Licensure - Types


In the USA and Canada, licensing (the term registration is sometimes used) is usually required by law to work in a particular profession or to obtain a privilege such as to drive a car or truck or own a gun. Many privileges and professions require a license, generally from the state or provincial government, in order to ensure that the public will not be harmed by the incompetence of the practitioners. Architecture, Interior design, Landscape architecture, Engineering, Surveying, Teachers, medical practitioners, nurses, lawyers, detectives, psychologists, geologists, social workers, Earth Science, and certified public accountants are some examples of professions that require licensure. Licensure is similar to professional certification, and sometimes synonymous; however, certification is an employment qualification and not a legal requirement for practicing a profession.

In many cases, an individual must complete certain steps, such as training, acquiring an academic degree in a particular area of study, and/or passing an exam, before becoming eligible to receive their license. There are various resources available to assist professionals with the completion of these steps. Professional associations are often a tremendous resource to individuals looking to obtain a special level of certification or licensure. Upon the successful attainment of a license, individuals append an acronym to their name, such as CPA (Certified Public Accountant) or LPD and PI (Private Detective and Investigator) PE (Professional Engineer). In the United Kingdom, licensing as a form of professional regulation predominated in the centuries before 1900. It has largely given way to memberships of professional bodies. This usually involves registration with a professional body and the granting of grades of "associateship," "membership" or "fellowship" of such a body. Gaining membership of such bodies is usually restricted solely to those who pass additional examinations after university graduation. United Kingdom examples of professional bodies include: MRINA (internationally qualified to practice member of the Royal Institute of Naval Architects), MRIBA Royal Institute of British Architects), BAI Business Architects Qualification), FIMechE (Fellow of the Institution of Mechanical Engineers), FICE(Fellow of the Institution of Civil Engineers), LRCP (licentiate of the Royal College of Physicians), MRCP (member of the Royal College of Physicians) and FRCP (fellow of the Royal College of Physicians),MIET (Member of the Institution of Engineering and Technology),GCGI(Graduateship of the City and Guilds of London Institute).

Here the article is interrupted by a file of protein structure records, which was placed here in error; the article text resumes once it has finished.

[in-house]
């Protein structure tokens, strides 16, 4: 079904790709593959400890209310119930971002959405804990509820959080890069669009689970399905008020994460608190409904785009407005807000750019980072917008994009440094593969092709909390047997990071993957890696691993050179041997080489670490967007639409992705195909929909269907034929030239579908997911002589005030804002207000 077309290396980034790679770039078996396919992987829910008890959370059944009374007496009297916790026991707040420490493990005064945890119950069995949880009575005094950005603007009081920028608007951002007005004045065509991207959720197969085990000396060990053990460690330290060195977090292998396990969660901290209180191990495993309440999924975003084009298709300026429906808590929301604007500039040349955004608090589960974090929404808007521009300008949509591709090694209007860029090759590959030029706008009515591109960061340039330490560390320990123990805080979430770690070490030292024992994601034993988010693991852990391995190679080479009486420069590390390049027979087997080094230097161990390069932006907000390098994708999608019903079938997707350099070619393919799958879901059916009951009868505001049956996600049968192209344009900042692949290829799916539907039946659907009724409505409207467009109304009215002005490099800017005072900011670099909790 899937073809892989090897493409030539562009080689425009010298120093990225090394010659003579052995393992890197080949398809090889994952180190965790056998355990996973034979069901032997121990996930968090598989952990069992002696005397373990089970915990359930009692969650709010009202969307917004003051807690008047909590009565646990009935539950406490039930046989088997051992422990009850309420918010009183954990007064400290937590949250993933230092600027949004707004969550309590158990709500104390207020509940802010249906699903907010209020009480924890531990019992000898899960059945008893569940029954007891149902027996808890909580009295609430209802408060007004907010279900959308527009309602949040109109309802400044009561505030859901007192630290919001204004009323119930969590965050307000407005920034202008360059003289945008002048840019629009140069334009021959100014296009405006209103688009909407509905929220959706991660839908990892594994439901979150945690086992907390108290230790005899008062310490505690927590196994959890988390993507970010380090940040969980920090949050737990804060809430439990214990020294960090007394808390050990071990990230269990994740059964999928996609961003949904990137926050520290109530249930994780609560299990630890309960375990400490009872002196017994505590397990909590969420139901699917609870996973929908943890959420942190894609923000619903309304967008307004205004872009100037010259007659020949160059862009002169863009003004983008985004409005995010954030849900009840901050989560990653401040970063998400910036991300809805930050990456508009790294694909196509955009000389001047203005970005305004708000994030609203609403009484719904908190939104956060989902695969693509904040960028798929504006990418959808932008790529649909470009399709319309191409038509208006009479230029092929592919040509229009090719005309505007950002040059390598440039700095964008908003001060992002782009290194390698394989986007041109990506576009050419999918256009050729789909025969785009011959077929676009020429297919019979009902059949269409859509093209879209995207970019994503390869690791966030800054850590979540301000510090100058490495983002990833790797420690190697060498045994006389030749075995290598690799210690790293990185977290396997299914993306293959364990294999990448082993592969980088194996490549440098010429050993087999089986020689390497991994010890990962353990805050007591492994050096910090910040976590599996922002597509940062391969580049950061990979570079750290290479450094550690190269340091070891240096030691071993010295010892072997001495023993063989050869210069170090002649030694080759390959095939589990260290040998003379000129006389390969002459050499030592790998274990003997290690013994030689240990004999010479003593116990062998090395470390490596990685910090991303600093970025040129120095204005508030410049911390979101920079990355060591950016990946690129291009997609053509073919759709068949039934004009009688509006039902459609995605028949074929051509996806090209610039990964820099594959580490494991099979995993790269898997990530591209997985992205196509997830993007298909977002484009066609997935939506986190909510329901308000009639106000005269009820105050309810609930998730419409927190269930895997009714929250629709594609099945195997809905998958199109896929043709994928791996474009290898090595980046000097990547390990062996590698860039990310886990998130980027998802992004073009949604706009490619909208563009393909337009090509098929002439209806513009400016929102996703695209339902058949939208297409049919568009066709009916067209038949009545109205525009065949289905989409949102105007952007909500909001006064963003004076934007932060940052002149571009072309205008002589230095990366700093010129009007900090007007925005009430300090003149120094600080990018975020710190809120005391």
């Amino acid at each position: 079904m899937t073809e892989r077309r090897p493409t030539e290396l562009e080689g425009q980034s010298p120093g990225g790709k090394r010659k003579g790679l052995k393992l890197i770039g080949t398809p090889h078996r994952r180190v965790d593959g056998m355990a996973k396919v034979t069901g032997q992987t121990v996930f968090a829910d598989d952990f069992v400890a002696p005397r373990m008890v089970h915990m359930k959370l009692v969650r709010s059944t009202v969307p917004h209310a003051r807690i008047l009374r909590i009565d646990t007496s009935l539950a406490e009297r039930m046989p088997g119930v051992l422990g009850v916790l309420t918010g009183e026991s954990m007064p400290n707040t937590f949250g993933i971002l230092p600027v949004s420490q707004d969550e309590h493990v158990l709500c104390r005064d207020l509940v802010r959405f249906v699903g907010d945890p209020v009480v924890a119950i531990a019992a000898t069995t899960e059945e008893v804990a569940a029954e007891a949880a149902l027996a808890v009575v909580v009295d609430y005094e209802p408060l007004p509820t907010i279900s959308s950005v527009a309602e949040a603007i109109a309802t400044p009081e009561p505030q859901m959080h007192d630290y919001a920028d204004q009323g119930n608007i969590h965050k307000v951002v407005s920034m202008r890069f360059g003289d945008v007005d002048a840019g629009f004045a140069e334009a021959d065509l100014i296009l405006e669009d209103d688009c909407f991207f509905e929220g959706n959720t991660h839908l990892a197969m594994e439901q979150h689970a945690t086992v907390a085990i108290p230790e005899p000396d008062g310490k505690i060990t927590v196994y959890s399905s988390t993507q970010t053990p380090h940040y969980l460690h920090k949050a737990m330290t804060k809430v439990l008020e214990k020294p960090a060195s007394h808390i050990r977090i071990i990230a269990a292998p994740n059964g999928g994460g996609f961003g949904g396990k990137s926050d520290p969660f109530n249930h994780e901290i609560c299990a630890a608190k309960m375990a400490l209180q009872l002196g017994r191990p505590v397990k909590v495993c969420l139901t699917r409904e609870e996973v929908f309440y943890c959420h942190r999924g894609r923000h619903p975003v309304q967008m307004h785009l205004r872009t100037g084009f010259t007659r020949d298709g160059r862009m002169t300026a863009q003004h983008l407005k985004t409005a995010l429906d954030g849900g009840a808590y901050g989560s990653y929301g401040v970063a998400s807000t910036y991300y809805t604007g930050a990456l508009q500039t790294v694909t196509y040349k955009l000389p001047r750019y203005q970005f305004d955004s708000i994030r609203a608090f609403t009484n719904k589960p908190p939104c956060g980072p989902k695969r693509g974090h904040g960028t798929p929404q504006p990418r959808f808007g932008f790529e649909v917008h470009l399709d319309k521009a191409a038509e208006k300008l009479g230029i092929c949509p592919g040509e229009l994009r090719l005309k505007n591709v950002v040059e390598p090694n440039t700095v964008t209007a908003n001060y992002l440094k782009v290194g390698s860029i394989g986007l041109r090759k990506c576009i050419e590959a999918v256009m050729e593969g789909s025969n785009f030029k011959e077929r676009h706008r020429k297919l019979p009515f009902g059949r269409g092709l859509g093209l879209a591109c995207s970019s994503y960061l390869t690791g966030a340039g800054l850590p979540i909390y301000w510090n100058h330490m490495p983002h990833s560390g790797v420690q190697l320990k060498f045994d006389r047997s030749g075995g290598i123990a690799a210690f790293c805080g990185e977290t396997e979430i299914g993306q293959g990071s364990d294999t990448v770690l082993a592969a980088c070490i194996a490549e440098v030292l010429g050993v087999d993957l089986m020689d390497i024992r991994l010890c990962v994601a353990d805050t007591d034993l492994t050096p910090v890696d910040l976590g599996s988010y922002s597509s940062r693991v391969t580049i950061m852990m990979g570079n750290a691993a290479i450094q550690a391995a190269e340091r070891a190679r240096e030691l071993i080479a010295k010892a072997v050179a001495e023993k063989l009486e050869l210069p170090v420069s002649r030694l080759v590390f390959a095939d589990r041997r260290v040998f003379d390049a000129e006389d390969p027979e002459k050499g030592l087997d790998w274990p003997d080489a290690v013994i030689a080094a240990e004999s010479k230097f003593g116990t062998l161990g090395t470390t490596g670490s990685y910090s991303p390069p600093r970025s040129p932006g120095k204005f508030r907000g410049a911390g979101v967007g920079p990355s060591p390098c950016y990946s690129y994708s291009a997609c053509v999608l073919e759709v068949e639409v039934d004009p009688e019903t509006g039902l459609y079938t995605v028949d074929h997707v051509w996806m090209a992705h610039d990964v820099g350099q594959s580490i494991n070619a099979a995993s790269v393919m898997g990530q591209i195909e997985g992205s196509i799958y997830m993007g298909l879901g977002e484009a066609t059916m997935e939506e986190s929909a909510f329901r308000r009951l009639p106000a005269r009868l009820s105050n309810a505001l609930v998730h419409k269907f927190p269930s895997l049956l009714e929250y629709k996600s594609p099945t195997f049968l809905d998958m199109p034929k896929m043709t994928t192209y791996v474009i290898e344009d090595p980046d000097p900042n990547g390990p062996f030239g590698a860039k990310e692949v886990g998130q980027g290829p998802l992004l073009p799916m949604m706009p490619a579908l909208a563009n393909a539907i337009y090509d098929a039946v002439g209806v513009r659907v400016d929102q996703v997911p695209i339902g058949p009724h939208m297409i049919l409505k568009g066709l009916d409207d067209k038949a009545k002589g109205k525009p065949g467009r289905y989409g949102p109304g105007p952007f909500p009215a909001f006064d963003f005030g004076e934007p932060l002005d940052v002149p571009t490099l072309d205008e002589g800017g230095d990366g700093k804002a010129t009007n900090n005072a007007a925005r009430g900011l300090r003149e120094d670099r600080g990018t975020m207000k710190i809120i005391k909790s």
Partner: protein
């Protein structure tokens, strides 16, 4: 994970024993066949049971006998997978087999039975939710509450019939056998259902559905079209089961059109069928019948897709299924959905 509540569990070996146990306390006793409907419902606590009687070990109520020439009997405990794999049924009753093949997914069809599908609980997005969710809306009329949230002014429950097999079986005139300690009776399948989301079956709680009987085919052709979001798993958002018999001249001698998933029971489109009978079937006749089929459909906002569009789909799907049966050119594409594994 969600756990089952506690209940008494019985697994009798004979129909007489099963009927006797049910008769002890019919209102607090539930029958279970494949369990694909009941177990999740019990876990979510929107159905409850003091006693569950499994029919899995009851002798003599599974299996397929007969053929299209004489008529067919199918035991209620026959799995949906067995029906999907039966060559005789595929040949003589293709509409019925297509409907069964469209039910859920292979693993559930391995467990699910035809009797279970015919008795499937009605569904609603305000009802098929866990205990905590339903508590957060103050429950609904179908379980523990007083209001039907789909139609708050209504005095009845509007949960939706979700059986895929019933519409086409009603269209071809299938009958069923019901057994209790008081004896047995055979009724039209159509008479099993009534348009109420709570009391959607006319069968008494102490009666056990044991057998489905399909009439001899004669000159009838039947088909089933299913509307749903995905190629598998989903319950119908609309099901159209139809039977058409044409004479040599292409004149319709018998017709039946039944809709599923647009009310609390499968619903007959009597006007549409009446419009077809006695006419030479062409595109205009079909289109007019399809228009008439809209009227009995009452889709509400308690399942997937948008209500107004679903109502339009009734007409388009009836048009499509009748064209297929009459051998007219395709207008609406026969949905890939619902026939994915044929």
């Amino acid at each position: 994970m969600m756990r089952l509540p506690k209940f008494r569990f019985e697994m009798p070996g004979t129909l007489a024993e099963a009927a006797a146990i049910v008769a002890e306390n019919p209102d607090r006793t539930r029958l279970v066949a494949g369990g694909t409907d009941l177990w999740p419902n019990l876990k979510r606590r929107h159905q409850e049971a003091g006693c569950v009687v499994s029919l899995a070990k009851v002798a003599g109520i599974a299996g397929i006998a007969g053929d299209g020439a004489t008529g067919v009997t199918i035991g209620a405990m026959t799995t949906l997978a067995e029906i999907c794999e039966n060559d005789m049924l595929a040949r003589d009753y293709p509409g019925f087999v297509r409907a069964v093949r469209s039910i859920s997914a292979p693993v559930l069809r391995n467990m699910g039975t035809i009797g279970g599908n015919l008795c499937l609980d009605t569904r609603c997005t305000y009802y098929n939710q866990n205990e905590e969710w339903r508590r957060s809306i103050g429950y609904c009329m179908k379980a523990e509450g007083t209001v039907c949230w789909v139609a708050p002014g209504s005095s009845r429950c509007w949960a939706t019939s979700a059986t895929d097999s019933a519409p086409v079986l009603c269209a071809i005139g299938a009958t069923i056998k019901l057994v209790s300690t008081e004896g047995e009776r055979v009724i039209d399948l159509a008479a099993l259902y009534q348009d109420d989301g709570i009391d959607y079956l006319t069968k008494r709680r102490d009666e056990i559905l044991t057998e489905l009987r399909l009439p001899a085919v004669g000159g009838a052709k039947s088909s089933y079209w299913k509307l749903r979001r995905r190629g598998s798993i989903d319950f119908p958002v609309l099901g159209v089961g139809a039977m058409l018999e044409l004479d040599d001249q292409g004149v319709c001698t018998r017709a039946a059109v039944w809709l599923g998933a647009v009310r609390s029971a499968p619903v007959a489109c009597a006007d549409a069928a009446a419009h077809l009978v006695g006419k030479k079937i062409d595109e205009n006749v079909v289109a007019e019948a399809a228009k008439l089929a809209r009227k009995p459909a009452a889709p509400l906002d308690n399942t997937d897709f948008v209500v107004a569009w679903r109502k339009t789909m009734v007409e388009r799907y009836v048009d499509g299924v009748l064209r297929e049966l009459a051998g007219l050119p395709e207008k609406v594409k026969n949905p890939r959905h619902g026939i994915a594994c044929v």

Historically, in the professionalization process by which trades have transformed themselves into true professions, licensing fast became the method of choice in obtaining the occupational closure required by barring the unqualified from entry to the rites and privileges of a professional group. This was initially the preferred route of regulation whether for physicians, lawyers, the clergy, accountants, bankers, scientists or architects. However, licensing has given way to membership of professional bodies, as a means of excluding the unqualified.

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